- Soap powder for clothes
- charging cables and iPad charger
- Clothes - long sleeve shirt, tee-shirt, shorts, socks, underwear
- Bike lock
- Waterproof jacket
- Instant coffee
- Titanium mug and immersion water boiler. Handy tip: Keep your mug in your bag. No idea why carrying the mug on the outside of the bag seems to be in vogue, seems rather impractical if going somewhere dusty muddy or wet I.E. on an adventure).
I carry my own soap as I very much dislike using throwaway plastic bottles of soap in guesthouses. The soap serves as shaving cream. Tiger balms can be used as insect repellent.
I see no need for more clothes in this hot climate, in fact carrying 2 shirts was a bit of an indulgence, after all, one can only wear one at a time. Give your daytime riding kit a quick wash in the sink each night and all is well.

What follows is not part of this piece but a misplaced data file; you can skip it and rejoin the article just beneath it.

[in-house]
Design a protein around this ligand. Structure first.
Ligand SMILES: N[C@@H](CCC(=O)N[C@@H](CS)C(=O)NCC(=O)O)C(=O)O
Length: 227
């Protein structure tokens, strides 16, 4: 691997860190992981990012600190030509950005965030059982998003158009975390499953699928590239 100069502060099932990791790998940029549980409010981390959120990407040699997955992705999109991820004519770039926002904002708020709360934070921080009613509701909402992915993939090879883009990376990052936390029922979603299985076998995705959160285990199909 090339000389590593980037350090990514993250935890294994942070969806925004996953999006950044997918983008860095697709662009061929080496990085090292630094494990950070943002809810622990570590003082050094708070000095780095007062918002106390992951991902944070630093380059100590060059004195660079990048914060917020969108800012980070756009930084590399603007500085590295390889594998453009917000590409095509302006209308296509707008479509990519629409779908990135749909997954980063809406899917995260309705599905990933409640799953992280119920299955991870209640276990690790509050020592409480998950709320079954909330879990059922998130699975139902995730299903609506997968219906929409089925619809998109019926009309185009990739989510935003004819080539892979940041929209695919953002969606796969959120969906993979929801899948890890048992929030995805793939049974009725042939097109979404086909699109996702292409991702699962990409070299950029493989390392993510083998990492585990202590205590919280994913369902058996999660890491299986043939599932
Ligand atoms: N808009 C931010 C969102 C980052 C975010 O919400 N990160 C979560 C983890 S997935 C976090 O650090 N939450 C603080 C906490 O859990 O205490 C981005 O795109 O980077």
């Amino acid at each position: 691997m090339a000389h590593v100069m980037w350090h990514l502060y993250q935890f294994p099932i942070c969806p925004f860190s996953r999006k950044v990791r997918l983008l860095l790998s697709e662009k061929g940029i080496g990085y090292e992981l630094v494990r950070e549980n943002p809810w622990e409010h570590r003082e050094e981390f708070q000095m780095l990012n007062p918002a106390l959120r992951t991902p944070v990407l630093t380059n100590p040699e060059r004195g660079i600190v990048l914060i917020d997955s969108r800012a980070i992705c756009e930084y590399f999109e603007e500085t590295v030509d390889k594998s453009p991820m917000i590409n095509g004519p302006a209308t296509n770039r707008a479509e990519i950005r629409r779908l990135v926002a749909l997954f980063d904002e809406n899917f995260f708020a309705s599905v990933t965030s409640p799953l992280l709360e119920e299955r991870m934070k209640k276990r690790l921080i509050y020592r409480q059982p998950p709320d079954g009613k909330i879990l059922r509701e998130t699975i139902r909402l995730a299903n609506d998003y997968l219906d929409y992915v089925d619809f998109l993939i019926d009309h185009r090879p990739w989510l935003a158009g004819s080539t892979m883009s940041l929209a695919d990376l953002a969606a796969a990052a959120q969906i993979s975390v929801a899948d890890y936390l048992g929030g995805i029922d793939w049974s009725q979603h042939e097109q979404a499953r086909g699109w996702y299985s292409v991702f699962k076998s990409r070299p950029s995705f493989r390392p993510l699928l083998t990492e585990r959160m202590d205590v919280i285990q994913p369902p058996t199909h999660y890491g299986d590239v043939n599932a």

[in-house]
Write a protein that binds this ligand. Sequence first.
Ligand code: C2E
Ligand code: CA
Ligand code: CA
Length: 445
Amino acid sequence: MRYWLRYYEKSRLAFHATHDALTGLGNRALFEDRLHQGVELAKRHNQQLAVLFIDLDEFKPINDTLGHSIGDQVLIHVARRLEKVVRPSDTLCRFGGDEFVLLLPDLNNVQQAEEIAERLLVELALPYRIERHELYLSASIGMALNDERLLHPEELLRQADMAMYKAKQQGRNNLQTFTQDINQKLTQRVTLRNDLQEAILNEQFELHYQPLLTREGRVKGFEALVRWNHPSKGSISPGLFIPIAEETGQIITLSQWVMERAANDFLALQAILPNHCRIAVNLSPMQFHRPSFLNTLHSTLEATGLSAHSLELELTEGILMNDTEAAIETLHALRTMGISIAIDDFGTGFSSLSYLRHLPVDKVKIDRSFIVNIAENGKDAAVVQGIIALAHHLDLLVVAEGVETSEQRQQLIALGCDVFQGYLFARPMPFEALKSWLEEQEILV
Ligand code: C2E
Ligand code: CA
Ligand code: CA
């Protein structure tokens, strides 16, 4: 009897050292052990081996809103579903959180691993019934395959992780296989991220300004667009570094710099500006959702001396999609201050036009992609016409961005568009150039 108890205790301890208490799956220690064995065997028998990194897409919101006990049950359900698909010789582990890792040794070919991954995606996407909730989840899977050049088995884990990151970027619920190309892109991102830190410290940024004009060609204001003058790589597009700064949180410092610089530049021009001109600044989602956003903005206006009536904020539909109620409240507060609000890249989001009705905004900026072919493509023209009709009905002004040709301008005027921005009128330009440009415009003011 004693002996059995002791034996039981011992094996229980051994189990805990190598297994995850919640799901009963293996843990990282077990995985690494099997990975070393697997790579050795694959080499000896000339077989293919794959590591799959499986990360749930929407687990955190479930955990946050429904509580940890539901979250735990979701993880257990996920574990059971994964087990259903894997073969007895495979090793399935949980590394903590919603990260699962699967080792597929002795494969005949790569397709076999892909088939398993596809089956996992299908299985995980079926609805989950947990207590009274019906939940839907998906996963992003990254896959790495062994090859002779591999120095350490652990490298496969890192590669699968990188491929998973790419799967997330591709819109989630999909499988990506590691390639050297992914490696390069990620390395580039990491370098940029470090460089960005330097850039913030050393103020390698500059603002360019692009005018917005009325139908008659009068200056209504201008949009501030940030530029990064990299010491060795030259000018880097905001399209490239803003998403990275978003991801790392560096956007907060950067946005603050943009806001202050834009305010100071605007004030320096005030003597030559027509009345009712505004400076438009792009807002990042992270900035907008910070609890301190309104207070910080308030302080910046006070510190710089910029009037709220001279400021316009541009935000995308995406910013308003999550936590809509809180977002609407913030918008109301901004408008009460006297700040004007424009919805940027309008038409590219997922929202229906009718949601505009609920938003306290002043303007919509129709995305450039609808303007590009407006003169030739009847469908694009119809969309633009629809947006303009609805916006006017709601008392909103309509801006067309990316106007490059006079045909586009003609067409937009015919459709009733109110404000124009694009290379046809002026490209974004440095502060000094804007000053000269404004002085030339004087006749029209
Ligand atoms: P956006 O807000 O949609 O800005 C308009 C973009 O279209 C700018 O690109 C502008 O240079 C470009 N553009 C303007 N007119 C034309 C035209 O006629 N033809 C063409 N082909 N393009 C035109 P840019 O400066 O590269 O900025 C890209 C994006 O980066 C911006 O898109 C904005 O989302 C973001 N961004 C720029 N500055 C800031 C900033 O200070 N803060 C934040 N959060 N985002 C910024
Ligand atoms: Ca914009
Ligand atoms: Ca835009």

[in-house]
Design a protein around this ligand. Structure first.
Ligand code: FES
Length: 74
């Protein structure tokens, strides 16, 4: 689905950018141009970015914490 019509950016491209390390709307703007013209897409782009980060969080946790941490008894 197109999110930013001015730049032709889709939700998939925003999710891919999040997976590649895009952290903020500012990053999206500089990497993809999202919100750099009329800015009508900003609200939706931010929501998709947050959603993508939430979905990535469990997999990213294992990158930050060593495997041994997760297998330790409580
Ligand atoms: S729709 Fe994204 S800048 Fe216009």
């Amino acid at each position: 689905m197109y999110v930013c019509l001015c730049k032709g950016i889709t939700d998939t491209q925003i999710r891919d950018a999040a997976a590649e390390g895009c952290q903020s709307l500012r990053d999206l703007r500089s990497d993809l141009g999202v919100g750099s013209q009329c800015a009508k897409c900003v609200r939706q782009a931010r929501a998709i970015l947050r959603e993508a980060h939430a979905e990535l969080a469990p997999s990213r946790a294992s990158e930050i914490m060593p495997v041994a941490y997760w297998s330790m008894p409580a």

This Revelate Designs frame bag is new (thanks Wally) and I am very pleased with it. I find the squarer shape far more useful than my old Alpkit frame bag.
Haribos and M&Ms live in the top tube bag. Spare spokes, chain lube, tyre sealant, and a small piece of rag live in the frame bag.
Also in the frame bag is this small toolkit:
- The Blackburn Wayside multitool covers most eventualities, click here for a good review.
- The Leatherman Skeletool features pliers, knife, screwdrivers, and bottle opener.
- The little silver capsule is a tubeless puncture repair kit by Dynaplug, expensive but a well thought through piece of kit. A good review can be seen here.
- A spare derailleur hanger
- A small tool for removing the cassette called the NBT-2
- And a little red box of spares
In the little red box lives:
- A few puncture patches and vulcanising solution
- A tubeless valve
- A valve core
- A quick link
- A piece of emery paper
- A Schrader to presto valve adaptor